One issue that can make a big difference to discussions about default analytics is the granularity of the time-based data that analysts are working from. Modellers often work with monthly data, but depending on context other credit risk analysts might be working with daily, or perhaps annual, data. Given this range, some issues that are difficult for one analyst may be trite or non-existent for another.
One extreme of the time granularity spectrum is probably annual data. This might apply to non-retail exposures, where meaningful updates to the risk information (for building, say, behavioural models) might arise only from annual financial statements. This would be a data-poor environment, placing more weight on banking expertise and less on credit risk analytics.
For retail banking, monthly granularity is the common warehousing level for data that will be the the prime source for credit risk analytics. For HLs & PLs, this might take the form of monthly snapshots, being summaries compiled at month-end of relevant data fields. CCs, however, have specific statement and repayment cycles not based on calendar month ends. So, although CCs basically have monthly granularity, they might not fit comfortably in a month-end snapshot warehousing approach, but one way or another will have some monthly data summarisation and warehousing.
For the AIRB purposes of using a few years of history to build (and use) retail banking models, monthly granularity is the typical basis and will be the assumption unless stated otherwise. Readers are asked to provide examples from their own environments, as these details can often make a big difference to the discussions.
At the shortest extreme, naturally much credit risk monitoring happens at daily granularity, but IIUC not many modellers would be analysing substantial extracts from raw data sources at daily granularity.
Intra-grain: what happens within the month? The warehouse would no doubt record risk variables at the end-of-month, but perhaps also for the worst level reached during the month. If not, there might be an account recorded as 111DPD at 31March and as 0DPD at 30April and no way to tell whether or not the account reached 120DPD during April. Then, a default flag built on this data would be a series of calendar-month-end default tests, rather than a “bad-ever” flag. This is not so much a problem as a difference – OK as long as you know what you are dealing with. IIUC in the old days, when computers were only mainframes, this kind of intra-grain issue could be substantial and even apply to an entire outcome window, such that an account was only determinable as good or bad at window end. These examples illustrate how time granularity plays a role in credit risk data.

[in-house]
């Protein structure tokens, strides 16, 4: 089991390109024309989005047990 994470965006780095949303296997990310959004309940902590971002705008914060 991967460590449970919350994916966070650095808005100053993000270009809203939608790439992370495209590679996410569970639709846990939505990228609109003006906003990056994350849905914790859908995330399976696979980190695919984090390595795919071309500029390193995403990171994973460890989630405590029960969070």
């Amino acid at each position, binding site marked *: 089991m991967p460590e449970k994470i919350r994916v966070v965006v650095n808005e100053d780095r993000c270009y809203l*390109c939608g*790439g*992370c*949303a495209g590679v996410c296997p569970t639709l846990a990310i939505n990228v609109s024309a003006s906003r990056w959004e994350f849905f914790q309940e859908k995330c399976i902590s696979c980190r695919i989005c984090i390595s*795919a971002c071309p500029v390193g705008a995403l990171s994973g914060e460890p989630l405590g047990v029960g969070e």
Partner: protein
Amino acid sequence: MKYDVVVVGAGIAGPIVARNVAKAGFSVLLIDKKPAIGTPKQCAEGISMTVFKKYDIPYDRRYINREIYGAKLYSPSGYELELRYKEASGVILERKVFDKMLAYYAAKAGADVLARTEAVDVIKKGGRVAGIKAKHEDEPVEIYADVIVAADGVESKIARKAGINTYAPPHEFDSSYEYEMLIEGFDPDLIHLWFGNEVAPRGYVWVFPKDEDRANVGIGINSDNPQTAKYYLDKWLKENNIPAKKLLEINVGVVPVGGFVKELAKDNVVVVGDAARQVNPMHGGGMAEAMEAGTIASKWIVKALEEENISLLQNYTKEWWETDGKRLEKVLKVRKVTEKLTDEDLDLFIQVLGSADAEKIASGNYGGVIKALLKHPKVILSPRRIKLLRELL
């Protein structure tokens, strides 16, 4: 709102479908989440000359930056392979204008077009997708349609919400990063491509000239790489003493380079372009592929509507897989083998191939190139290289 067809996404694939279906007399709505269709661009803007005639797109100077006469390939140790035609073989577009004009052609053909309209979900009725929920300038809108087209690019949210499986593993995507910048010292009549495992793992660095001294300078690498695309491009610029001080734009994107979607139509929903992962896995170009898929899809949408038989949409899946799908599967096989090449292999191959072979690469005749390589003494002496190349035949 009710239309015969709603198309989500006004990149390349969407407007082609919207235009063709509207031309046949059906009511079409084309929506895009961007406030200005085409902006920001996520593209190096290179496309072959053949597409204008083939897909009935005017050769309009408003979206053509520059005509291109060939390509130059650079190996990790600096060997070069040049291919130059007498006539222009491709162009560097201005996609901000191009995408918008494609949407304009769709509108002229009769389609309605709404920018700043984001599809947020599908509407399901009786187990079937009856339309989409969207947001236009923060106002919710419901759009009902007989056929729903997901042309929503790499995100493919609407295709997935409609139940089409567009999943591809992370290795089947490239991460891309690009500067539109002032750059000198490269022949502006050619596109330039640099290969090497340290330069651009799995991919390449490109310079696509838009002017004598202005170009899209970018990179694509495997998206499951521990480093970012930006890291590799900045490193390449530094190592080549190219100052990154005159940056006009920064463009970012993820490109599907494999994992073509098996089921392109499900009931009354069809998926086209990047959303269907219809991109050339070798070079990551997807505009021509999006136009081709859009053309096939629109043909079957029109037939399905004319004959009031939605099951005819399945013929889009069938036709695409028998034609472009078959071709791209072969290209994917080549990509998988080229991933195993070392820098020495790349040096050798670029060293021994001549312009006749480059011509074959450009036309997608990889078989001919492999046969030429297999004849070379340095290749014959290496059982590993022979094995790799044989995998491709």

Intra-grain: exposure for less than a month? Accounts open randomly throughout a month, so if credit risk data is summarised and warehoused on any regular schedule (like month-end), this will mean that accounts are exposed to risk for only half-a-month on average during their first “month on books”. Does anyone out there worry about this kind of issue? It may not sound important, but it might mean that your 12-month outcome window is really an 11.5-month outcome window. Perhaps data based on payment cycles, rather than regular snapshots, can avoid this issue, although IIUC it will pop up in other ways. BTW the issue in this paragraph applies to application modelling, rather than behavioural modelling, because of the intrusion of the account open date.
26 March, 2008 at 20:15
Would one possible (longer term) solution be to keep really pared down daily snapshots for the bare minimum of information needed for this analysis, such as account number, DPD, balance and limit? OTOH, disk space is really cheap so perhaps it is a good time to look at altering archiving policies.
27 March, 2008 at 12:14
Daily snapshots as you describe would be easily possible by today’s standards. Many banking systems would already have something like this for the current month and one or two months prior, but not keep older archives because the monthly summaries and/or transaction histories suffice for all important questions.
The staightforward design for a daily snapshot data table would have one record (row) for each day for each account: thus one record of the table might look like (26/3/2008, 0123-456-7, 0, -$8972.15, $10000). This design has a two-part key, namely date*account_number.
A more space-efficient plan is to have the date portion of the key working as a date-valid-from field, such that a new record is only created if the content of any non-date field has changed. For vanilla products like HL or PL, and assuming that the account doesn’t have the DPD counter ticking upwards, this should lead to only a couple of records per month, to capture the monthly instalment movements. For reasons of efficient query logic, an implementation of this design should additionally have a date-valid-to field plus a simple Y/N indicator flag for the “current” (i.e. latest) record for each account.
It is not difficult for programmers to convert between the above two designs on the fly when required by the task at hand.
What advantages might be derived by having daily, rather than monthly, snapshots?
The original post hinted at some, amounting to a better grip on time (and data) granularity at levels below a month. This would be welcomed by modellers, but the cost/benefit would need to be argued. OTOH I think a greater benefit would come in the behavioural information that might be unlocked from analysis of intra-month spending patterns on CCs and transaction accounts. This could have value beyond credit risk, e.g. retention and cross-sell.
10 May, 2008 at 01:06
Inside a time grain « ozrisk.net
[…] Default Analytics by Clive Tags: exposed to risk, time granularity Harking back to the issue of time granularity, and anticipating some default analytic calculations yet to come, let’s get back to small […]